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ARS Home » Northeast Area » Ithaca, New York » Robert W. Holley Center for Agriculture & Health » Plant, Soil and Nutrition Research » Research » Research Project #421394


Location: Plant, Soil and Nutrition Research

2012 Annual Report

1a. Objectives (from AD-416):
Available nutrient levels within many soils impose limits on overall plant productivity and yield. For food security, future agricultural practices will need to incorporate important traits for nutrient use efficiency to generate elite high-yielding crops. Although it has long been known that nutrient acquisition by the roots is controlled by root-to-shoot and shoot-to-root signaling systems, currently little is known regarding the molecular components that function in these pathways. Recently, analysis of phloem sap collected from plants subjected to nutrient deprivation, identified a number of small RNA species that may mediate in the epigenetic regulation of ion acquisition by the roots.

1b. Approach (from AD-416):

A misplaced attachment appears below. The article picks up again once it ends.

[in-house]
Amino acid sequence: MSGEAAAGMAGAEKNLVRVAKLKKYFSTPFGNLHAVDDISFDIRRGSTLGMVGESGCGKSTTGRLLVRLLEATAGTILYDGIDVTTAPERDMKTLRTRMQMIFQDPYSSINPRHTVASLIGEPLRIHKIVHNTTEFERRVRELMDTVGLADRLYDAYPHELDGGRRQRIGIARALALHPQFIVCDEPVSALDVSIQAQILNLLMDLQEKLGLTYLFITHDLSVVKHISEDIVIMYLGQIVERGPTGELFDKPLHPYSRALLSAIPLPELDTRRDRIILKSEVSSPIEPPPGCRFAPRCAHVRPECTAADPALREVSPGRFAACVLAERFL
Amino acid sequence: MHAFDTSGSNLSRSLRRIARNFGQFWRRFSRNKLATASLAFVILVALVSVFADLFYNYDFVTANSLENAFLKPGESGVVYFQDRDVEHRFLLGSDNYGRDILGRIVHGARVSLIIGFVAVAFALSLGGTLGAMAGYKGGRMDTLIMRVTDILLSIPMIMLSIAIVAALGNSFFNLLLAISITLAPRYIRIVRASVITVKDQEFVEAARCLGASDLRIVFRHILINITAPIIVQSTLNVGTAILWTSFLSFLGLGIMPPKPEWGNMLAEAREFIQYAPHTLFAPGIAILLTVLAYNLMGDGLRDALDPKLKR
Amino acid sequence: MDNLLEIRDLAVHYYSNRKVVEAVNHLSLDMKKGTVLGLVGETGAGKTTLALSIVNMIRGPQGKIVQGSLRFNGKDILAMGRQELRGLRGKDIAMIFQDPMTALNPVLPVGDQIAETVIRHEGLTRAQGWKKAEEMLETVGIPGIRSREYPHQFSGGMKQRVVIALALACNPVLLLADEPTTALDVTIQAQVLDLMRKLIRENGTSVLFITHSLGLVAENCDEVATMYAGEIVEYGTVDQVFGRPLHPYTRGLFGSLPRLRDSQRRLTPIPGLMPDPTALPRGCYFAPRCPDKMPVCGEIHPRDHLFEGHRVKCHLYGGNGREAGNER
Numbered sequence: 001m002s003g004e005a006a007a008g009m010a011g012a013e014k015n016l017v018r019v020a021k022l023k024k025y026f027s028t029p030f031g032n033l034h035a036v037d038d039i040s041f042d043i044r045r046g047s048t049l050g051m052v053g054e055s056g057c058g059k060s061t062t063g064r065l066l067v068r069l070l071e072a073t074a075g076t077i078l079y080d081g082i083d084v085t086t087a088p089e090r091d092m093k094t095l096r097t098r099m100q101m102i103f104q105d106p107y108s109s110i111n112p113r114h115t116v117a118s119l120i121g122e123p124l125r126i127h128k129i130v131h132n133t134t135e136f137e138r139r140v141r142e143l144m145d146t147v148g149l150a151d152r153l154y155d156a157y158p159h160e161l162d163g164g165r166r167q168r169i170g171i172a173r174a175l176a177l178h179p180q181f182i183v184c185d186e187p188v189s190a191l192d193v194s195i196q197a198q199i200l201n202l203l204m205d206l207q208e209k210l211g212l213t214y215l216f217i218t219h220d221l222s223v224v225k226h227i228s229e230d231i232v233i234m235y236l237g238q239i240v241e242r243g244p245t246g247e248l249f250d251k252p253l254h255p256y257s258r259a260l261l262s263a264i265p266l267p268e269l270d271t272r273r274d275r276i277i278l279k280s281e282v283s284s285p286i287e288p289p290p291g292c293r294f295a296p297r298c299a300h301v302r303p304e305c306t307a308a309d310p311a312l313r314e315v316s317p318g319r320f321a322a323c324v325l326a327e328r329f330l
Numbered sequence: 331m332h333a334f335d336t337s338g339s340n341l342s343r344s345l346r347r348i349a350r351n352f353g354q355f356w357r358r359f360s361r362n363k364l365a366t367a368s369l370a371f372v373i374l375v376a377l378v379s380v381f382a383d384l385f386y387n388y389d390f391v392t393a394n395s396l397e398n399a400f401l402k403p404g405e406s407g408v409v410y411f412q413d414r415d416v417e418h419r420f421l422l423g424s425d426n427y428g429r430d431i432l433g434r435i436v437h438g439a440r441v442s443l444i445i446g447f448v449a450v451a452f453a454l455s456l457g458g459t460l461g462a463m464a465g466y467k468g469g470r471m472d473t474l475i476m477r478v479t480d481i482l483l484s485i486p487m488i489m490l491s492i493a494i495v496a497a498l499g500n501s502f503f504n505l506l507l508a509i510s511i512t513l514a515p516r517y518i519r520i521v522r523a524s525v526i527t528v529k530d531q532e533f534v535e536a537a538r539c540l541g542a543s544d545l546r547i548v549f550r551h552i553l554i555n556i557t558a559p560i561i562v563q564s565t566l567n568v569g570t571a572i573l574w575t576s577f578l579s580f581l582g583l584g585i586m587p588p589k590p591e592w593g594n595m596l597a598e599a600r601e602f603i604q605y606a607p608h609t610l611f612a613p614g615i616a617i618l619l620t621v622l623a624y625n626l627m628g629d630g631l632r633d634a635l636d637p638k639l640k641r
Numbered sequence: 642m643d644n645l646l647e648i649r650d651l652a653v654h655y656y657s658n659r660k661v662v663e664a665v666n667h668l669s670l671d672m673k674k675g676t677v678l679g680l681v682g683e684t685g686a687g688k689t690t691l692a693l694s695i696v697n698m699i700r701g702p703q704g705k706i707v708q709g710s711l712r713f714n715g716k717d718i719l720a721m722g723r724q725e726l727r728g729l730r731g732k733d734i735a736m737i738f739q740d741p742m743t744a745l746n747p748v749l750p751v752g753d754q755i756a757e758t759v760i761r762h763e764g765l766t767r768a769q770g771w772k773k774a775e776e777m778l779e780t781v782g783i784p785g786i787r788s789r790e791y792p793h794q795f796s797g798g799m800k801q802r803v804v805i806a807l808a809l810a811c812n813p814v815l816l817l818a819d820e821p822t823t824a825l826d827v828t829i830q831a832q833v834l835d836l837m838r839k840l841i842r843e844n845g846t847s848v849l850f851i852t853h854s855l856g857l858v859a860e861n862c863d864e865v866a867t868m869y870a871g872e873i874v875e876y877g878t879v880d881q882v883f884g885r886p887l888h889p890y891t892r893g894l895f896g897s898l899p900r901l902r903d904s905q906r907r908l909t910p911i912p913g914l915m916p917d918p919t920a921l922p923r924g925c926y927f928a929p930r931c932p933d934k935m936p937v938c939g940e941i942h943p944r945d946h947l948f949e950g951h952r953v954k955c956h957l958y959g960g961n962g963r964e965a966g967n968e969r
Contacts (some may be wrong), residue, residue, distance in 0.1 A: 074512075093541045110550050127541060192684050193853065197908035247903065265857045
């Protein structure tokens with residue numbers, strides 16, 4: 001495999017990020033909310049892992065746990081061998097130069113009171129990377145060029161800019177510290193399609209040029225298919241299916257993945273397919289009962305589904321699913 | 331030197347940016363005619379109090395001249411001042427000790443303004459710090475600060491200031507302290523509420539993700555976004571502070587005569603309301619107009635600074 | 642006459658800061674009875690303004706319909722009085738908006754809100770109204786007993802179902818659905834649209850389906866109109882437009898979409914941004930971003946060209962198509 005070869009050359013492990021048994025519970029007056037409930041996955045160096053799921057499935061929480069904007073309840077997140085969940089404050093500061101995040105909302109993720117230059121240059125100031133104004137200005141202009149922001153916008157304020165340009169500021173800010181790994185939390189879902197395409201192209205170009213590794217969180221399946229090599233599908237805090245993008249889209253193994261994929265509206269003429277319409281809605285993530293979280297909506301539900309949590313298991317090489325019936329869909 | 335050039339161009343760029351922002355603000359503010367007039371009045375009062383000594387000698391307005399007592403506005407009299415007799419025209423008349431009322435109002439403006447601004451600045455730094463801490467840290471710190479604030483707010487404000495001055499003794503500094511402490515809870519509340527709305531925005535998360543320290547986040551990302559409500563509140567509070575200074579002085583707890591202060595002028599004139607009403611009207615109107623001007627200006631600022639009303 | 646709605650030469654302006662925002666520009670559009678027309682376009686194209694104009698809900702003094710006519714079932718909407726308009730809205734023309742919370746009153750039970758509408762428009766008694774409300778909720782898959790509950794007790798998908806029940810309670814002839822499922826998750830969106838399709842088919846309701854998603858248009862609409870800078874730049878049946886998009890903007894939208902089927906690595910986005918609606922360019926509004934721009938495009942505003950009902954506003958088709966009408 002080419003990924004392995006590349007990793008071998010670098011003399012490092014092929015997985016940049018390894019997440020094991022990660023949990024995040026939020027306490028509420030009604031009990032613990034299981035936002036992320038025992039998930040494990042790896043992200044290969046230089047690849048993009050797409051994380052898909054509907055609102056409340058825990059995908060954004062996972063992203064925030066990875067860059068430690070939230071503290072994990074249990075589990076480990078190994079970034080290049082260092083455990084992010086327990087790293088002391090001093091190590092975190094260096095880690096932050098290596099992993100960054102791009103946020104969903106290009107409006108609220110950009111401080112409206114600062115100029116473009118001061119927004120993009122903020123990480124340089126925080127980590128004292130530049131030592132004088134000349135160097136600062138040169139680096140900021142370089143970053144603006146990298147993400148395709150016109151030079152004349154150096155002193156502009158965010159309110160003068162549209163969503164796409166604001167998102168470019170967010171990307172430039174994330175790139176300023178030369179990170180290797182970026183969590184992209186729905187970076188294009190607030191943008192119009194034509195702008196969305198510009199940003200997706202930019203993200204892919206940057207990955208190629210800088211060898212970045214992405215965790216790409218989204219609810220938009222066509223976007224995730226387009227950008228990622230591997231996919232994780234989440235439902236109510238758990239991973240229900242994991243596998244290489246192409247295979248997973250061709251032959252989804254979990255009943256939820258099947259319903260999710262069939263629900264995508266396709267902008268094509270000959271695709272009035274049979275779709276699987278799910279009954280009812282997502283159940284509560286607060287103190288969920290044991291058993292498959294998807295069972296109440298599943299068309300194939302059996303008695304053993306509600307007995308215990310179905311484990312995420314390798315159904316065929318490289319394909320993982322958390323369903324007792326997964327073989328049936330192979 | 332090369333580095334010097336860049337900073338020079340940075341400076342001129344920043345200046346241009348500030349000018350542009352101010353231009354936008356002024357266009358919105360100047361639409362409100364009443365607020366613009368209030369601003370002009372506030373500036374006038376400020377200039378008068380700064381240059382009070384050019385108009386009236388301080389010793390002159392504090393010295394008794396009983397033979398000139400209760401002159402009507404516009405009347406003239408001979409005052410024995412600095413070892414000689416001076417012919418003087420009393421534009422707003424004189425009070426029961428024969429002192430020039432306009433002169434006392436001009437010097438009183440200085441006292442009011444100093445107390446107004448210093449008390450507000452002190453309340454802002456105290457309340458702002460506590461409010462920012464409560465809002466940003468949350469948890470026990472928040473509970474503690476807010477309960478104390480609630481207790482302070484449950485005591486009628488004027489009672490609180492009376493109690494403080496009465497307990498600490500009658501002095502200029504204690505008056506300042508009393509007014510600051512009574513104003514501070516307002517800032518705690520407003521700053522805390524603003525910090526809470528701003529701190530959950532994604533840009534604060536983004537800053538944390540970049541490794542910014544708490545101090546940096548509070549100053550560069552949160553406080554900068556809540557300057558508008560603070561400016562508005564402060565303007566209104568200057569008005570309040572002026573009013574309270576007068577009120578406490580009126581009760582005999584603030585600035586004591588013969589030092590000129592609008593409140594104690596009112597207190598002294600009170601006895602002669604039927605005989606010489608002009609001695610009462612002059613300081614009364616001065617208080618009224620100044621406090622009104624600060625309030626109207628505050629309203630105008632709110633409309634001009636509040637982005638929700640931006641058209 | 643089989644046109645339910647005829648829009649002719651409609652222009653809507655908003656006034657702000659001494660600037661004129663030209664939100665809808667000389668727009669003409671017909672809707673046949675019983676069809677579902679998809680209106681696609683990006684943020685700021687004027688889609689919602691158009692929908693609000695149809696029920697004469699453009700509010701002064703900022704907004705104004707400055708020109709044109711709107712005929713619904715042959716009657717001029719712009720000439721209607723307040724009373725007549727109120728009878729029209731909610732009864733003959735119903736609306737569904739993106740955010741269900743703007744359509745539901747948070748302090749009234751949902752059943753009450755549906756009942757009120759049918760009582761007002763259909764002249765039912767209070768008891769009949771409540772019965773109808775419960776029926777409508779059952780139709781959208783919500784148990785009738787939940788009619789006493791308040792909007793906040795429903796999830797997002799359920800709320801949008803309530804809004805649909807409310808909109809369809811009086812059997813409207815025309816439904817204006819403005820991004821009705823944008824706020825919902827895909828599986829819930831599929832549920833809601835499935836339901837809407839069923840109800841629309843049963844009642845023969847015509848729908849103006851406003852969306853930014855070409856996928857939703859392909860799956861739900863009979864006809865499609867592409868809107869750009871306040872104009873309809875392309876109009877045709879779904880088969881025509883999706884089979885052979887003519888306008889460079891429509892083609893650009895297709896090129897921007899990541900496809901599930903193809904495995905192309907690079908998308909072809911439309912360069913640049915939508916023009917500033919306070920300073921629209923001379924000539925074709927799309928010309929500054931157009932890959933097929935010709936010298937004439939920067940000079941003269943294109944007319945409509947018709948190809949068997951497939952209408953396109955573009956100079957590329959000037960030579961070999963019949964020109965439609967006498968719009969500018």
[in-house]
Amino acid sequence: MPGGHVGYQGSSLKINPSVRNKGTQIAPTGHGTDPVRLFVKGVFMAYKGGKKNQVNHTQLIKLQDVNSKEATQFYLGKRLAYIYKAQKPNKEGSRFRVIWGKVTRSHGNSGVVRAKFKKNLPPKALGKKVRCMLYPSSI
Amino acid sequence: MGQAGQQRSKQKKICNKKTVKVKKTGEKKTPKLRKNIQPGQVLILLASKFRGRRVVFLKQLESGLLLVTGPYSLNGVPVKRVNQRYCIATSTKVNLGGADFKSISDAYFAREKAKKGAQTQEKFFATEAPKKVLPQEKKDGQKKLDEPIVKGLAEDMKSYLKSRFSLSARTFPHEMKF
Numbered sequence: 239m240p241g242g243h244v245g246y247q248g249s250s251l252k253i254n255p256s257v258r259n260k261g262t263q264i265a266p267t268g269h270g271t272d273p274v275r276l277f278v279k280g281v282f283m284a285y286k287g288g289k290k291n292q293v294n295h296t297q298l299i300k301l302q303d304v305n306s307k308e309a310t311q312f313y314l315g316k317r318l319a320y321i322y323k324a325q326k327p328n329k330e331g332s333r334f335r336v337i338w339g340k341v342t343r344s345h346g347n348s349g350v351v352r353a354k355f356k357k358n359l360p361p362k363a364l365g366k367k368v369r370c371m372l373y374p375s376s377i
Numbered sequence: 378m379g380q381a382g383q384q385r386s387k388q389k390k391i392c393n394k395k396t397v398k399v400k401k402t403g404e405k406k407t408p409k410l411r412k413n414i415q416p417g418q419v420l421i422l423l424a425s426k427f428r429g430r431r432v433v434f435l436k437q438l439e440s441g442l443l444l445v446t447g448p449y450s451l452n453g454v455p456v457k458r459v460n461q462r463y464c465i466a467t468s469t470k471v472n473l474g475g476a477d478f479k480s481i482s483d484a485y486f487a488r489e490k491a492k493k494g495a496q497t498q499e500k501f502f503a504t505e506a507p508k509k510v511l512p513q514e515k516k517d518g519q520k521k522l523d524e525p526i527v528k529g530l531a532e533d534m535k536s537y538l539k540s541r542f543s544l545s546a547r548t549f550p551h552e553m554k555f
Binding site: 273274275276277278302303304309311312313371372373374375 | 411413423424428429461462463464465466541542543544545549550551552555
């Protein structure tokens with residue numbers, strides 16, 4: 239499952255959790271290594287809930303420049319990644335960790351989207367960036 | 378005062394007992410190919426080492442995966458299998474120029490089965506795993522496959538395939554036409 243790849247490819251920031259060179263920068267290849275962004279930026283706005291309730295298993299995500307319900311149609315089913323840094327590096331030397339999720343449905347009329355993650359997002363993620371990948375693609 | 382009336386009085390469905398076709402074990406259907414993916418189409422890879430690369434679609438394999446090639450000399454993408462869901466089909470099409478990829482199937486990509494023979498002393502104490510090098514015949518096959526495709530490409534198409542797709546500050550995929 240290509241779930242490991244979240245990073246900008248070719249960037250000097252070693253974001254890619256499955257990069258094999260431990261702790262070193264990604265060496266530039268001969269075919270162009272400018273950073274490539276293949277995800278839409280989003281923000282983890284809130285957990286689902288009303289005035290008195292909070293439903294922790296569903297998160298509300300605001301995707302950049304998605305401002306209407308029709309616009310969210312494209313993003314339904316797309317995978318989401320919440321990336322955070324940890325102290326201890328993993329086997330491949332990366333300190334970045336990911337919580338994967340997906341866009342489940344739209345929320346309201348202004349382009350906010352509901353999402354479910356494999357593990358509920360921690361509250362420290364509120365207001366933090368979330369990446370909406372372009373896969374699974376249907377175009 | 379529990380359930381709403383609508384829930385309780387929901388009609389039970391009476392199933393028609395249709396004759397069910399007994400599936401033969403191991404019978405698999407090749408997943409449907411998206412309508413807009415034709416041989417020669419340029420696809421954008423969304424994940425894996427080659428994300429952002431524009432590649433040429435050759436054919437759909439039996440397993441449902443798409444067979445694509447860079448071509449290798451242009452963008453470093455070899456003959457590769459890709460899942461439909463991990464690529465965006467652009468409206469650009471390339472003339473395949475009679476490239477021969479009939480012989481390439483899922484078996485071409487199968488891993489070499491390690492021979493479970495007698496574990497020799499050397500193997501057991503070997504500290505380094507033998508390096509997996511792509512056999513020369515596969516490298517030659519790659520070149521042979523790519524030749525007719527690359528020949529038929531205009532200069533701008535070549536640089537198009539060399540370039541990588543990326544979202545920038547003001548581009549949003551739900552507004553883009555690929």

To further explore this possibility, we plan to utilize the cucumber genome, in combination with our ability to collect analytical quantities of phloem sap from this species, to identify and characterize potential siRNA, miRNA and mRNA molecules involved in regulating nutrient acquisition by the root system. Next, we will identify the phloem proteins that deliver such candidate RNA species to the root, as well as the cells targeted for regulation. Finally, we plan to explore the gene regulatory network(s) that operates within these target tissues to allow plants to adapt to the ever changing nutrient availability within the soil. These studies will provide insights into the mechanisms that evolved to allow plants to coordinate nutrient acquisition by the root with developmental and physiological processes occurring within the above-ground regions of the plant. As an important outcome, this knowledge would contribute towards the engineering of crops having enhanced nutrient use efficiency.

3. Progress Report:
In the first year of this grant, we developed the methods to grow cucumber plants in sand culture where the plants are supplied with sufficient or low levels of phosphorous (P). We also developed the methods to collect the phloem sap moving from the shoot to the root and will be analyzing that phloem sap using next generation sequencing methods for RNA molecules. These would become candidate P signaling molecules transported from the shoot to the roots indicating the plant is experiencing P deficiency. This in turn triggers a cascade of events (changes in root architecture, increased expression of P uptake genes, etc) that the plant uses to increase P acquisition.

4. Accomplishments